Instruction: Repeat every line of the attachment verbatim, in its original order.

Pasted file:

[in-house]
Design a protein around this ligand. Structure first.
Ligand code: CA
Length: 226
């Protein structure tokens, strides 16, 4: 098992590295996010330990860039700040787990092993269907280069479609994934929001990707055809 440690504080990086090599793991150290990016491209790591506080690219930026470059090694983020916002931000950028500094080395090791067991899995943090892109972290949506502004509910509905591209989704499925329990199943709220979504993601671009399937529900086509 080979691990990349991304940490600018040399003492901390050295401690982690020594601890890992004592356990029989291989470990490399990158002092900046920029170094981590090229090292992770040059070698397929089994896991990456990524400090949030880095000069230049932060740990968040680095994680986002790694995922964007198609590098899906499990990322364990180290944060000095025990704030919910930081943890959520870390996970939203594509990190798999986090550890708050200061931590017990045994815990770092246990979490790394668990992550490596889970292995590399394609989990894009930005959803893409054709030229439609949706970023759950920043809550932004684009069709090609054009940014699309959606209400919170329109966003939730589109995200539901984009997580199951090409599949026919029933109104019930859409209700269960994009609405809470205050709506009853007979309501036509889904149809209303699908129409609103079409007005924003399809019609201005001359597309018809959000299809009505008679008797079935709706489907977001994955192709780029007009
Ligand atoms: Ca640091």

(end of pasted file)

[in-house]
Design a protein around this ligand. Structure first.
Ligand code: CA
Length: 226
């Protein structure tokens, strides 16, 4: 098992590295996010330990860039700040787990092993269907280069479609994934929001990707055809 440690504080990086090599793991150290990016491209790591506080690219930026470059090694983020916002931000950028500094080395090791067991899995943090892109972290949506502004509910509905591209989704499925329990199943709220979504993601671009399937529900086509 080979691990990349991304940490600018040399003492901390050295401690982690020594601890890992004592356990029989291989470990490399990158002092900046920029170094981590090229090292992770040059070698397929089994896991990456990524400090949030880095000069230049932060740990968040680095994680986002790694995922964007198609590098899906499990990322364990180290944060000095025990704030919910930081943890959520870390996970939203594509990190798999986090550890708050200061931590017990045994815990770092246990979490790394668990992550490596889970292995590399394609989990894009930005959803893409054709030229439609949706970023759950920043809550932004684009069709090609054009940014699309959606209400919170329109966003939730589109995200539901984009997580199951090409599949026919029933109104019930859409209700269960994009609405809470205050709506009853007979309501036509889904149809209303699908129409609103079409007005924003399809019609201005001359597309018809959000299809009505008679008797079935709706489907977001994955192709780029007009
Ligand atoms: Ca640091």